Compassion Course

Cultivating Compassion (Discovering What Compassion Really Is)

The programme begins with an investigation into what compassion is,
from everyday, scientific, experiential and Buddhist perspectives.
On the basis of this clear understanding, we explore the benefits of an
altruistic, other-focused attitude, compared to a wholly self-centred
Then, understanding the benefits of compassion, we look at why we
aren’t as compassionate as we would like to be. First of all by addressing
our habit of distraction—not noticing suffering—through the practice of
Then we explore the role of the mind in our experience of happiness and
suffering. Through this we recognise the possibility of changing the way
we normally react to life’s inevitable circumstances. We also explore the
idea that we are not our thoughts and emotions and that there is
something much greater and more profound lying behind our transitory
and ephemeral cognitive and emotional states.
We take this further by considering our fundamental nature:
appreciating our natural capacity as human beings for love and
compassion from a scientific and evolutionary point of view, as well as
our inherent fundamental goodness from a Buddhist point of view.
Recognizing this is also what frees us from one obstacle to compassion:
that we do not feel we have enough love within us. Here we also begin
to develop the practice of cultivating love for ourselves.
Next, we explore the interconnected nature of our world. Through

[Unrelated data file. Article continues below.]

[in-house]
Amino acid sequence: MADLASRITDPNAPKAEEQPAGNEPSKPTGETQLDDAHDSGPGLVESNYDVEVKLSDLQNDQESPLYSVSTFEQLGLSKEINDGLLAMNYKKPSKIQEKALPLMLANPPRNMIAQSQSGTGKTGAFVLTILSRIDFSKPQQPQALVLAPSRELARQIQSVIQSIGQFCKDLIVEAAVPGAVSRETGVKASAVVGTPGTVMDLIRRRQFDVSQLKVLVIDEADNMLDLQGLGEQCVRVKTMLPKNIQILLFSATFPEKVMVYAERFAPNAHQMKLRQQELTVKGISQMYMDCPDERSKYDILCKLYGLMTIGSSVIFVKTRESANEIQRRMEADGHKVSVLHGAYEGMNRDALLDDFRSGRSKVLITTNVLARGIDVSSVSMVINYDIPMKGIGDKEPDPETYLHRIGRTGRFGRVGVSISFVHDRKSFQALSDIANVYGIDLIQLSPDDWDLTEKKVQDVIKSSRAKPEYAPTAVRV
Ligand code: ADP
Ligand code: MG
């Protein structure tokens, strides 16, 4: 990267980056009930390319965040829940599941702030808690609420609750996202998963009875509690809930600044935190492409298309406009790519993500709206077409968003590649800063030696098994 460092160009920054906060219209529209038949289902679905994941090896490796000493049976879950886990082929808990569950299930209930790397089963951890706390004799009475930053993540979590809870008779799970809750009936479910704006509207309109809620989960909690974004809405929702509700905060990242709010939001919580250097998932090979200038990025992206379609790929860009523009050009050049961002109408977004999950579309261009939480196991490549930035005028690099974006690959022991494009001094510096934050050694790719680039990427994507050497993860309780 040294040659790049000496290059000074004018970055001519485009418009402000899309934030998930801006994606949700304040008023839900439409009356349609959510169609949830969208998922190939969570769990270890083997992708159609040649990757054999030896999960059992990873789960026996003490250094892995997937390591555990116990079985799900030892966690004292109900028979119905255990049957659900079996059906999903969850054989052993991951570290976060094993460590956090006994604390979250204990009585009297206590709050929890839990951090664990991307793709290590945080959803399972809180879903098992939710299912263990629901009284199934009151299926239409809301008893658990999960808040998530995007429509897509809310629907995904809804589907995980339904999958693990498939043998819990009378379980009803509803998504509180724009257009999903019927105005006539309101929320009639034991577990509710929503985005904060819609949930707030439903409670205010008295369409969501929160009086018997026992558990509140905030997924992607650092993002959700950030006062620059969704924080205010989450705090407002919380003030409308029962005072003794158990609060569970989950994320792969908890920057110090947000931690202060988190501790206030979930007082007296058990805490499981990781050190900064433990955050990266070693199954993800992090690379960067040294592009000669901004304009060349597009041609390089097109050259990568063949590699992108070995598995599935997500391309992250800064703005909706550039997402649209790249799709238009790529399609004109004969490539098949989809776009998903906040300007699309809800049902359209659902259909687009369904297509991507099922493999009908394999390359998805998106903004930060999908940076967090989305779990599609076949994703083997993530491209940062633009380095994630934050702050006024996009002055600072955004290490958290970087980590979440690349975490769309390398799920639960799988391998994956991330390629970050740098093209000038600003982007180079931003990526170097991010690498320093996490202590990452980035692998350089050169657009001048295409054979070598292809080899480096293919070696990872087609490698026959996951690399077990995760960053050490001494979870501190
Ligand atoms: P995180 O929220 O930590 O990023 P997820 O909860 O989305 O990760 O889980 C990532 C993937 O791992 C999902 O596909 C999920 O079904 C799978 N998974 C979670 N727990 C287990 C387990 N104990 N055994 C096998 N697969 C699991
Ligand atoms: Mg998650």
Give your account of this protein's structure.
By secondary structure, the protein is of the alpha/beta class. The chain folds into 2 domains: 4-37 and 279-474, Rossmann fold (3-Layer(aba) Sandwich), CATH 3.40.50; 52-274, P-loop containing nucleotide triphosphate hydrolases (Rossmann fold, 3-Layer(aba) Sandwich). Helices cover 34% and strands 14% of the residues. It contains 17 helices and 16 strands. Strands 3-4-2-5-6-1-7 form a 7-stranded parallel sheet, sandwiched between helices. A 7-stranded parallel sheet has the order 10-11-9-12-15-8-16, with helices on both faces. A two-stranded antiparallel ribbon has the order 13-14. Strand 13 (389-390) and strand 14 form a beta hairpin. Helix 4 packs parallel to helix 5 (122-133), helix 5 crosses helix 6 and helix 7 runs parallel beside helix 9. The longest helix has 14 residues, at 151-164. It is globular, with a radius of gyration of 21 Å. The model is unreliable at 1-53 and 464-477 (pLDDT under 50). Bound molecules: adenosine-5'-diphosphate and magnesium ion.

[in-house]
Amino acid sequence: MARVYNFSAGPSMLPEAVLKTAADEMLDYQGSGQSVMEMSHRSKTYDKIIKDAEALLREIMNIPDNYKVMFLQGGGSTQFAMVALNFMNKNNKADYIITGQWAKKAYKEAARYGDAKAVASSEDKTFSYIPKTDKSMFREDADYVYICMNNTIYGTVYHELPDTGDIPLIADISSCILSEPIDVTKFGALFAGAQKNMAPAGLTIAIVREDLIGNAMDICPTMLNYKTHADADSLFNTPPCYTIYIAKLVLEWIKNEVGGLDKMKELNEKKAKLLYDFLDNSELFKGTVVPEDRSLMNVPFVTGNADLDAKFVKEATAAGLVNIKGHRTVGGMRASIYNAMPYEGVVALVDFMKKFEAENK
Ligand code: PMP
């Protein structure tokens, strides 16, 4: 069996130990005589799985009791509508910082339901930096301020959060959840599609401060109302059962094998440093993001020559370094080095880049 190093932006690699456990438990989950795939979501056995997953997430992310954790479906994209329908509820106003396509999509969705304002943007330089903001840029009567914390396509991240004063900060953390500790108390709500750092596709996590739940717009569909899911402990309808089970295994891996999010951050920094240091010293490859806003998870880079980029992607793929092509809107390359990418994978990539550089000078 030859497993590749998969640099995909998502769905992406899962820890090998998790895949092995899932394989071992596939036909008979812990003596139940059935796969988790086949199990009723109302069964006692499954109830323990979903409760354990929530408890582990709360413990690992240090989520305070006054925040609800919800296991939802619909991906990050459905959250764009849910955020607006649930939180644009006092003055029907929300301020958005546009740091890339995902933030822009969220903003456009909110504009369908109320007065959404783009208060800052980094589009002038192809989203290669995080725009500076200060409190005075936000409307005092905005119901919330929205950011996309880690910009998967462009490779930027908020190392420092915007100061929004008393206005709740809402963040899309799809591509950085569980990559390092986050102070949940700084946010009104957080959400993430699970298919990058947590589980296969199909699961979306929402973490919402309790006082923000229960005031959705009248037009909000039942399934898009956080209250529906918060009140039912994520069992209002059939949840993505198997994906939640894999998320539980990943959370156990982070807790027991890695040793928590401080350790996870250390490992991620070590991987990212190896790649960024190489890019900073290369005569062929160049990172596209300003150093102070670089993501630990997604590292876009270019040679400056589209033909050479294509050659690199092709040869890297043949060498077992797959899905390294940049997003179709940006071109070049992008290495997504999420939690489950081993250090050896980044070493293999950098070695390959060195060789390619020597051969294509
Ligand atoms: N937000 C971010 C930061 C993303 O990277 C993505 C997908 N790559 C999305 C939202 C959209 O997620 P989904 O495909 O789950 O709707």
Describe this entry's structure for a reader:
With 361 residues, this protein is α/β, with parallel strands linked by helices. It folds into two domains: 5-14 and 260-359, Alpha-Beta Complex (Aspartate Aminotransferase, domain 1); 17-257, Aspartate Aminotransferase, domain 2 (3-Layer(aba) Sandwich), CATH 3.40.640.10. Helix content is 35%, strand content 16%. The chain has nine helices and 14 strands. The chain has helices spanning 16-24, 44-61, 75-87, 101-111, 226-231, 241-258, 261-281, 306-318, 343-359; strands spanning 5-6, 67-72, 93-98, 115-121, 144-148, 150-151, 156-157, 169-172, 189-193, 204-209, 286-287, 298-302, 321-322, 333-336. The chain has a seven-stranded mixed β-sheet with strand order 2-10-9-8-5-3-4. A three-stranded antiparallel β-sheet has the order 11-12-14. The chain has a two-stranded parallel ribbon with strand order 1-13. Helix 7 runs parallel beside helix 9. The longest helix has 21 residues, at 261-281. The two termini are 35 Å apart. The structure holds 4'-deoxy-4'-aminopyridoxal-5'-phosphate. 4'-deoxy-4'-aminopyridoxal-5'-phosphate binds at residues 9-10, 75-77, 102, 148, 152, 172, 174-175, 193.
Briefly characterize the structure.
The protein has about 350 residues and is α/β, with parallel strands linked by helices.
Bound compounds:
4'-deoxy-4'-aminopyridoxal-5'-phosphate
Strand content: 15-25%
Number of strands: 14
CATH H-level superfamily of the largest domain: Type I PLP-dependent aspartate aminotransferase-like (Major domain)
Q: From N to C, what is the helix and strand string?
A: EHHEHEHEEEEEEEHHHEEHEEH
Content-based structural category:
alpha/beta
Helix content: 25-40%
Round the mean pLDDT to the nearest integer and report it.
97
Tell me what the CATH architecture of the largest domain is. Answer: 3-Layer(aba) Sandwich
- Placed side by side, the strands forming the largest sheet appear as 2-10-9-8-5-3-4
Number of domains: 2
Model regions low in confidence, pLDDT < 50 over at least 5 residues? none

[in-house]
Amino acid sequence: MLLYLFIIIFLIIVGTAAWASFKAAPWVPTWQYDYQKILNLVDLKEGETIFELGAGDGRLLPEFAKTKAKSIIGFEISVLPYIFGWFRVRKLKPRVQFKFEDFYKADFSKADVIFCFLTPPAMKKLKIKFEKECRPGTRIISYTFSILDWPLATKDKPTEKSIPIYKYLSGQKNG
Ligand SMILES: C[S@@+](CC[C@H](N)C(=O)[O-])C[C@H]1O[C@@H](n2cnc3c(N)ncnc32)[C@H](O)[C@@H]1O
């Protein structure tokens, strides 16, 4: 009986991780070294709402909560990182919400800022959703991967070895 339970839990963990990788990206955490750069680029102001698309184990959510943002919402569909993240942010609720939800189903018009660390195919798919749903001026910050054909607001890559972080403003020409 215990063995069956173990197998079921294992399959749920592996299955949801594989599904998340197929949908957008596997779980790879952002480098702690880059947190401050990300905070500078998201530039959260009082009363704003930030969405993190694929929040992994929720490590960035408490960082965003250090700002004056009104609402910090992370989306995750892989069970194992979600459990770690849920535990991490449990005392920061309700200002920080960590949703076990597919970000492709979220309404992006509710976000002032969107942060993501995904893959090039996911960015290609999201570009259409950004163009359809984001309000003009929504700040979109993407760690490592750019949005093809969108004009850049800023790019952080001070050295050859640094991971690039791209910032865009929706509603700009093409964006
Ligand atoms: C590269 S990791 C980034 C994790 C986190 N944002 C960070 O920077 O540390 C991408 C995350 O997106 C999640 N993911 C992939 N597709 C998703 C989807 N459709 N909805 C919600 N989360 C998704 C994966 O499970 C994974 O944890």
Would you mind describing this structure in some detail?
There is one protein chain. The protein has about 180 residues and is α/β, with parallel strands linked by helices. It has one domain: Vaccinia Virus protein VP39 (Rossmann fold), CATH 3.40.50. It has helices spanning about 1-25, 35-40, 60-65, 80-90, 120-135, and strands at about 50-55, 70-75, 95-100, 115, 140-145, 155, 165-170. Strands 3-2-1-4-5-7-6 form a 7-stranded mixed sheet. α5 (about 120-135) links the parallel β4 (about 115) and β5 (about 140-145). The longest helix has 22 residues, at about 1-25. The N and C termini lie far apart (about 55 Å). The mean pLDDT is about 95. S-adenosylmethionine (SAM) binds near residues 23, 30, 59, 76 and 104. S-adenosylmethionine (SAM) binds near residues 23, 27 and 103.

acknowledging the great kindness shown to us by many, many beings,
we start to feel a sense of gratitude and a wish to repay that kindness.
We also begin to ‘level the playing field’ in our relationship to others,
becoming more aware of our similarities and better able to perceive all
beings with equanimity. In this way we become more able to extend our
love wider and wider. We spend three weeks focusing on cultivating
love in this way.
We then turn our attention to compassion, and first of all to compassion
for ourselves; recognising the importance, for ourselves and others, of
treating ourselves with the same kindness and consideration as we
would a good friend.
We look at the universal nature of suffering, and then begin to widen our
compassion for others. Beginning, as always, by getting in touch with a
natural spark of feeling or concern for a loved one, and then, through
using our human intelligence, broadening out our concern to a wider
and wider audience.
Later in the course, we also learn to develop joy for those who are
already experiencing happiness.
We now reach the heart of the compassion training: we begin to
‘equalise’ our self and others; recognizing other people as just ‘another
Next we ‘exchange’ ourself with others, particularly through the practice
of tonglen.
Tonglen is a simple and straightforward practice, which is extremely
effective at getting straight to the heart of our predicament: our
excessively self-centred attitude, and brings together the previous
practices introduced on this course: meditation, love, and compassion.
As Sogyal Rinpoche says in The Tibetan Book of Living and Dying: “Of all
the practices I know, the practice of tonglen… is one of the most useful
and powerful… No other practice I know is as effective in destroying the
self-grasping, self-cherishing, and self-absorption of the ego, which is the
root of all our suffering and the root of all hard-heartedness.” In many
ways, this course can be seen as preparing the ground for the possibility
of tonglen practice.
Having established:
—how to focus the mind in meditation
—what love is and how to cultivate it
—what compassion is and how to cultivate it
as well as having gained:
—an understanding of the root cause of our problems and
—some desire to get free from this,
students should be able to engage meaningfully in the practice of